Factors limiting the positive effects

Certain factors can limit or affect the positive effects of prosocial motivation. The first one is the origin of the motivation. “Prosocial motivation can have varying effects on work outcomes depending on whether it arises from personal values, or from external pressure or rewards,” Prof. Liao explains.

The former is known as discretionary motives, while the latter is known as obligatory motives. The study discovered that both types of prosocial motives predict prosocial behaviour in the workplace. However, the effect of these two motives on employee well-being and job performance varies. Discretionary prosocial motivation is more strongly associated with positive outcomes, while obligatory prosocial motivation has no significant impact.

The second factor is the level of generality – whether prosocial motives are applied on a global, contextual or positional level. Prof. Liao explains that being prosocial on a global level involves being helpful in any situation, while doing so on a contextual level means being willing to help people when the action is related to one’s career. Being prosocial on the positional level refers to helping people only when relevant to one’s current job situation.

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Prof. Liao notes that people with a global prosocial motivation view helping others as a core part of who they are and believe this aligns with their interests. These people may experience less emotional exhaustion when they have to balance their own needs with those of others.

The third factor pertains to the measurement of an individual’s job performance, which may involve objective or subjective evaluations. For example, objective indicators can be one’s daily sales performance while subjective indications can be leaders’ expectations. The study found that prosocial motivation is more strongly correlated with subjective task performance than objective ones.

The nature of prosocial behaviour can also influence the effects of prosocial motivations. Prof. Liao and his collaborators found that prosocial motivation was more strongly linked to affiliative prosocial behavior (such as providing emotional support) than to challenging prosocial behavior (such as pointing out the flaws in a coworker’s plan to ensure that team effectiveness is not compromised). However, a positive correlation still exists between prosocial motivation and challenging prosocial behaviour, which supports the argument that prosocial motivation is distinct from agreeableness.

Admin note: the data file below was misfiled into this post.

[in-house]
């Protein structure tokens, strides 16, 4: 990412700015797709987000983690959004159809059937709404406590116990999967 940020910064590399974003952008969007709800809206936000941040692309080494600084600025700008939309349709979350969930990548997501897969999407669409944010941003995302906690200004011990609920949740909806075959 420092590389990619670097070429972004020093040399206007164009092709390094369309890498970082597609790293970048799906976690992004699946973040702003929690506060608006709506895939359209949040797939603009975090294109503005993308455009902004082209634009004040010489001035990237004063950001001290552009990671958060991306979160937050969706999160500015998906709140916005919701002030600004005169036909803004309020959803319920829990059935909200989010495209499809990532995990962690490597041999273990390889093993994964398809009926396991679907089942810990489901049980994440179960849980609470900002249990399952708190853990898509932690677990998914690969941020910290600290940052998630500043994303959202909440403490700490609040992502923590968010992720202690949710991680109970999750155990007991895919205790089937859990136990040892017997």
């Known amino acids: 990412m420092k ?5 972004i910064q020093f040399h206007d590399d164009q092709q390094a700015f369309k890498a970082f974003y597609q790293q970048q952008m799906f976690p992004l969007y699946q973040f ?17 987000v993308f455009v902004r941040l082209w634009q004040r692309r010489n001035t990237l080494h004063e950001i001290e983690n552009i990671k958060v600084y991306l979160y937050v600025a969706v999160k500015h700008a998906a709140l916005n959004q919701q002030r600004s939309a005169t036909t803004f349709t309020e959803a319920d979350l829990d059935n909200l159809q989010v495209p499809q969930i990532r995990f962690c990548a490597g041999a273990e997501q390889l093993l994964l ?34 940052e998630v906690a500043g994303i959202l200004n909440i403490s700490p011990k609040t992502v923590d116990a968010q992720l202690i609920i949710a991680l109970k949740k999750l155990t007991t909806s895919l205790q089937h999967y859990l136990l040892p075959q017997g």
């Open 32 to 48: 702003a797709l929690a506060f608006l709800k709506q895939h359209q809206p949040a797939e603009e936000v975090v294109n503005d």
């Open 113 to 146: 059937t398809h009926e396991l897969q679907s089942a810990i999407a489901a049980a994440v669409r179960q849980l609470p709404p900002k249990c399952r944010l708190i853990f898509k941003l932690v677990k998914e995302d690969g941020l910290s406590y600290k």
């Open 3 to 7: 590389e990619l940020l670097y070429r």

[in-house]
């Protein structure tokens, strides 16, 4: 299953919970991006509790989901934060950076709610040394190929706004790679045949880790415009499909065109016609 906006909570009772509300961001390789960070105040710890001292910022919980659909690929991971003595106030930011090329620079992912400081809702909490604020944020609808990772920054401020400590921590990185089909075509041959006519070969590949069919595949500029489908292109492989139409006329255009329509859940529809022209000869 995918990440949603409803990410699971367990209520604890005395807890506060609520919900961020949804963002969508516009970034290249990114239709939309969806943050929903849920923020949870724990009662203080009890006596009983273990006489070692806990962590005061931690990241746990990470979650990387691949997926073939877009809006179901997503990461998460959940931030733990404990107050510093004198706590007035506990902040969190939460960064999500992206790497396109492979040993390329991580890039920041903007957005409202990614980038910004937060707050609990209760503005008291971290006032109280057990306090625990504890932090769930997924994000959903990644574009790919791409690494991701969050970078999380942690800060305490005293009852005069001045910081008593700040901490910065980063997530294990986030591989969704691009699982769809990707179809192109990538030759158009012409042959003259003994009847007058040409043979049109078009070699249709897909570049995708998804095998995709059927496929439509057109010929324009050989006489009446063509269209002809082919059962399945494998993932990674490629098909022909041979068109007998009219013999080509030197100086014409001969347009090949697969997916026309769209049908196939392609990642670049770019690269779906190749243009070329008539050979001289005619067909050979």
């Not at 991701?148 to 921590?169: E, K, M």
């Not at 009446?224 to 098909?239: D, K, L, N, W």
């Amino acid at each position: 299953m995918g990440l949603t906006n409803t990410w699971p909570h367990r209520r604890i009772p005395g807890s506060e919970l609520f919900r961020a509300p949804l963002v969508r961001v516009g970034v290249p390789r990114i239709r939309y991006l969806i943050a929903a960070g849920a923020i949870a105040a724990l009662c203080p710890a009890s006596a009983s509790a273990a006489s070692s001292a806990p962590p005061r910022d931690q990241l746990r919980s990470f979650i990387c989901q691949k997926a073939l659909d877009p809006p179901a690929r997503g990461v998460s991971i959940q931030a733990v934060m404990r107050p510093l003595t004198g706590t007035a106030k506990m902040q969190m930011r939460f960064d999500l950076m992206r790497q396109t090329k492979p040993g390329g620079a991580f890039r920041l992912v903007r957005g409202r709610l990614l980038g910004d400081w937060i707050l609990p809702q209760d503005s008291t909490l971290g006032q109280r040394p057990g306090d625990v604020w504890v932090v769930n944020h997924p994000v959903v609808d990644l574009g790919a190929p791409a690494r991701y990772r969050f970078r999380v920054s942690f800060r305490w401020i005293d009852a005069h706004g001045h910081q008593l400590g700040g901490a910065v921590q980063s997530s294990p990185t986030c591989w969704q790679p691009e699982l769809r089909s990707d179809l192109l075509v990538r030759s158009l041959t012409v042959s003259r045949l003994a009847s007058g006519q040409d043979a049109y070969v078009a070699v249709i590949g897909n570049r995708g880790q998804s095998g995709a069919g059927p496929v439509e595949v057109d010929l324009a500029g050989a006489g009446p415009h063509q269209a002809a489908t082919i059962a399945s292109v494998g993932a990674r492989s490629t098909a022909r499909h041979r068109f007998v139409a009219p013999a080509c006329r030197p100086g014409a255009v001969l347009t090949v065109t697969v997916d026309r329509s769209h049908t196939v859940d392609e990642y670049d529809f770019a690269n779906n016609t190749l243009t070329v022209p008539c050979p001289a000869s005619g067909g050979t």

Research results indicated that the popular mantra of “nice guys finish last” is more of a myth than a fact min.jpg
When “nice” is defined as “prosocially motivated,” the research results indicated that the popular mantra of “nice guys finish last” is more of a myth than a fact. Photo: Getty

Nice guys can finish earlier

When “nice” is defined as “prosocially motivated,” the research results indicated that the popular mantra of “nice guys finish last” is more of a myth than a fact. Employees with a strong motivation to help others are typically seen as valuable contributors in the workplace. Consequently, they may receive higher job performance evaluations and more opportunities for career advancement within the organisation.

“Individuals need not worry that helping others will harm their job performance and career growth. Instead, it is crucial for them to understand when and why their niceness is perceived positively,” Prof. Liao says.

Helping others can be demanding in terms of time and energy. Prof. Liao suggests that by focusing on benefiting instead of merely pleasing others, and by reaching out with an genuine intention rather than obligation, individuals can lend a hand without compromising their own work performance and efficiency.

From an organisation’s standpoint, encouraging and selecting employees with prosocial tendencies can benefit it in multiple ways. Such employees tend to have positive attitudes toward their work, enjoy better psychological well-being, and are more likely to help others, bringing competitive advantages to the organisation. “Prosocially motivated individuals are also more likely to challenge the status quo in ways that benefit organisations, which is essential for team and organisational success,” Prof. Liao adds.

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Prof. Liao expresses his interest in delving deeper into the impact of gender differences on the way prosocially motivated employees are perceived and rewarded within organisations. Additionally, he aims to continue his research on how individuals can be more strategic in their prosocial behaviour, as sometimes actively helping others may not lead to the desired outcomes. “By understanding when and how prosocial motivation is helpful at work, people and organisations can use it to their advantage,” he says.